Results of the above experiment supported our hypothesis that the IPB-G strain reduced the parasite burden. Since many studies suggested an important role for IFN-γ responses in controlling T. gondii infections, in a next experiment we compared the kinetics of IFN-γ producing T cell subsets in blood, following infection with the high dose of both strains in an in vitro TLA recall assay. Depending on the T. gondii strain, differences in the kinetics of circulating IFN-γ producing T cell subpopulations were observed (Figure 8). The CD3+CD4+CD8αand CD3+CD4+CD8αdim represent porcine T-helper cells, while CD3+CD4CD8αbright cells are cytotoxic T cells (Gerner et al., 2015). Animals inoculated with the IPB-LR strain showed at 21 dpi a significant increase in the CD3+IFN-γ+ T cell subsets (CD4+CD8α, CD4+CD8αdim, and CD4CD8αbright T cells), with the CD4+CD8α T-helper cells (up to 22.2 ± 8.3% of CD3+IFN-γ producing cells) being most prevalent (Figure 8A). This latter population remained stable, whereas the CD4CD8αbright population gradually increased from 9.3 ± 0.87% of the IFN-γ+ producing cells at 28 dpi to > 40% (41.1 ± 17.4%) at 98 dpi (Figure 8C). In contrast, the percentage CD4+CD8αdimIFN-γ+ cells gradually decreased from 16.4 ± 1.4% to <2.1 ± 0.8% at the end of the experiment (Figure 8B). In animals inoculated with the IPB-G strain, a similar increase in the percentage of CD4+CD8αdimIFN-γ+ cells at 21 dpi to 10.4 ± 0.4%, and a subsequent gradual decrease to 2.2 ± 0.5% was seen (Figure 8B). The IFN-γ+ within CD4+CD8α and CD4CD8αbright T cells gradually increased, reaching significantly higher levels (22.6 ± 11.9% and 18.7 ± 9.5%, respectively) at 84 dpi as compared to 0 dpi (Figures 8A,C). Intriguingly, the increase of the latter T cell population was clearly less pronounced in the Ghigh (p < 0.05) than in the LRhigh group (p < 0.01).

FIGURE 8
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Figure 8. The percentage of IFN-γ+ T lymphocyte subsets in PBMCs after a single IPB-G or IPB-LR inoculation. IFN-γ+ T lymphocyte subsets in PBMC's of pigs after oral infection with a high dose of the IPB-G (Ghigh) or the IPB-LR strain (LRhigh). Cells were restimulated in vitro with TLA and demonstrated by flow cytometry following triple staining for IFN-γ, CD3, CD4, and CD8 (A). IFN-γ+ cell populations were identified as (A) CD3+CD4+CD8αIFN-γ+, (B) CD3+CD4+CD8αdim IFN-γ+, (C) CD3+CD4CD8brightIFN-γ+ lymphocytes. The results represent mean percentages ± SD for each group; * (IPB-G) or x (IPB-LR): P < 0.05, ** or xx: P < 0.01; *** or xxx: P < 0.001 in comparison with day 0.

The difference in circulating CD4CD8αbright T cell populations between both high dose groups seems to be reflected on the long term in the significantly higher (p < 0.05) percentage of CD4CD8αbright IFN-γ+ T cells in the popliteal lymph nodes (LN) in the LRhigh group than in the Ghigh group at 98 dpi (Figure 9C). Additionally, a similar difference in the percentage of the same population between both groups can be detected in the mesenteric LN. However, in mediastinal LN, which drain heart and diaphragm, a higher percentage of CD4CD8αbright IFN-γ+ T cells was found in the Ghigh group, although not significantly different from the LRhigh group. The distribution of the other T cell subpopulations in different lymphoid tissues shows a comparable pattern: a higher percentage of the CD4+CD8αIFN-γ+ T was found in the mesenteric (p < 0.05) and popliteal (p > 0.05) LN of the LRhigh group than in the Ghigh group (Figure 9A). Likewise for the CD4CD8αbright T cells, a reverse situation was noticed in the mediastinal LN. Regarding the CD4+CD8αdimIFN-γ+ cells, relatively low percentages were detected in both infected groups. The highest counts were found in the mesenteric and popliteal LN in the LRhigh group, followed by the mesenteric LN in the Ghigh group, whereas they were nearly absent in the other sampled LN (Figure 9B).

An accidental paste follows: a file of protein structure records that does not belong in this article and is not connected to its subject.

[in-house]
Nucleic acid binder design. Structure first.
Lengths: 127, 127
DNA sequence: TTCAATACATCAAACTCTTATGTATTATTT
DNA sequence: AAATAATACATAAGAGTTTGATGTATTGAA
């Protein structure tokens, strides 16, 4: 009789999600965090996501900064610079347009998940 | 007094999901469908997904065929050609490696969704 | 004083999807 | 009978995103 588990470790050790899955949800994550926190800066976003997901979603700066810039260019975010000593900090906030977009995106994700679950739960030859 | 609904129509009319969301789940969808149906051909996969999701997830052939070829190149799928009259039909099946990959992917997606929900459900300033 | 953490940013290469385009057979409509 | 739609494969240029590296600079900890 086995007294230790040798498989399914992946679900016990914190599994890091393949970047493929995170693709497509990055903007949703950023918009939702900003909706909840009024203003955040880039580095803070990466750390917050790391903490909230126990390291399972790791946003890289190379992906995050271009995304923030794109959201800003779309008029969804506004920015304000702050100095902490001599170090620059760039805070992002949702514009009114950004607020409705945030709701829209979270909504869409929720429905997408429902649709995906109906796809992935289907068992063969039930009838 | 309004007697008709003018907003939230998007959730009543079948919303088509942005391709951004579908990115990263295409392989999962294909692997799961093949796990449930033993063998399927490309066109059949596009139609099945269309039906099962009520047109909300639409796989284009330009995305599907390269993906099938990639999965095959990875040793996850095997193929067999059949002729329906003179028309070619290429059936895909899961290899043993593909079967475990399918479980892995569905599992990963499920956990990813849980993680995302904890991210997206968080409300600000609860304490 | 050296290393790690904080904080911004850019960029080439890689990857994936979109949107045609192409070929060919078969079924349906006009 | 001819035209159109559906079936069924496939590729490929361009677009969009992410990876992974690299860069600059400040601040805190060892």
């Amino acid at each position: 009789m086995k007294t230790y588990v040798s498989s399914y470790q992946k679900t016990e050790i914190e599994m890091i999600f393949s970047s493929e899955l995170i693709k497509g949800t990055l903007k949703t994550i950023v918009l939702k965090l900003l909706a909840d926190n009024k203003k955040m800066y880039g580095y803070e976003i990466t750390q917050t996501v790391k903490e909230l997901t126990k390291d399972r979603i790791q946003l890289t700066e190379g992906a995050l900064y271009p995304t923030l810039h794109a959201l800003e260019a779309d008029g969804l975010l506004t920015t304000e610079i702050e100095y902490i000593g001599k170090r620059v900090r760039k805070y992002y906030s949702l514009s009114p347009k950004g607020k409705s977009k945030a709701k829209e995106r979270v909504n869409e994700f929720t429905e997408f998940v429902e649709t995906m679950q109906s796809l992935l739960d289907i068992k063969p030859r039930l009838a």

FIGURE 9
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Figure 9. The percentage of IFN-γ+ T lymphocyte subsets from lymph nodes after a single IPB-G or IPB-LR inoculation. IFN-γ+ T lymphocyte subsets in leukocytes from peripheral lymph nodes of pigs 98 dpi with a high dose of the IPB-G (Ghigh) or the IPB-LR strain (LRhigh). Cells were restimulated in vitro with TLA and demonstrated by flow cytometry following triple staining for IFN-γ, CD3, CD4, and CD8 (A). IFN-γ+ cell populations were identified as (A) CD3+CD4+CD8αIFN-γ+, (B) CD3+CD4+CD8αdim IFN-γ+, (C) CD3+CD4CD8brightIFN-γ+ lymphocytes. The results represent mean percentages ± SD for each group; *P < 0.05, **P < 0.01; ***P < 0.001.

Discussion

In the performed experiments, we compared the single or subsequent infection in pigs inoculated with either a high or a low dose of the IPB-G and the IPB-LR strains for the tissue specific parasite load and the accompanying immune response. The IPB-G strain has a mixed type I/II genotype, while the IPB-LR strain has a classic type II genotype (Jongert et al., 2008; Dubey et al., 2012). The antibody response against GRA7 and TLA, which are frequently used in serological assays in different species, was monitored until 120 dpi to confirm the successful inoculation and persistence of the infection (Figures 2, 3). Overall, for both IgM and IgG, independent from the infection dose, the GRA7-specific antibodies were detected very soon after the initial infection, starting from 10 dpi (Figure 2). Similar to previous results (Verhelst et al., 2015), we detected a late TLA-specific IgG response from 28 to 35 dpi onwards (Figure 3). However, results of the present study demonstrated that strain and dose are important factors to consider, since primary GRA7- and TLA-specific antibody responses could be detected earlier during infection and were higher upon inoculation with a high dose of the IPB-LR strain as compared to the IPB-G strain. A low dose on the other hand resulted in a later and less prominent seroconversion. Interestingly, whereas primary antibody responses were comparable in the heterologous challenge model, a clear IgM response was seen after the challenge with the heterologous strains, indicating exposure to other antigens, presumably due to the genetic diversity of both strains (Figure 5). Burrells et al. (2015) described a significant TLA-specific IgG increase after challenge of pigs with the heterologous strain M4 upon inoculation with the S48 strain. Strikingly, the challenge was performed with oocysts, after an initial inoculation with tachyzoites, stressing the expression of related or identical variability antigens in correlation to the parasite stage and the strain.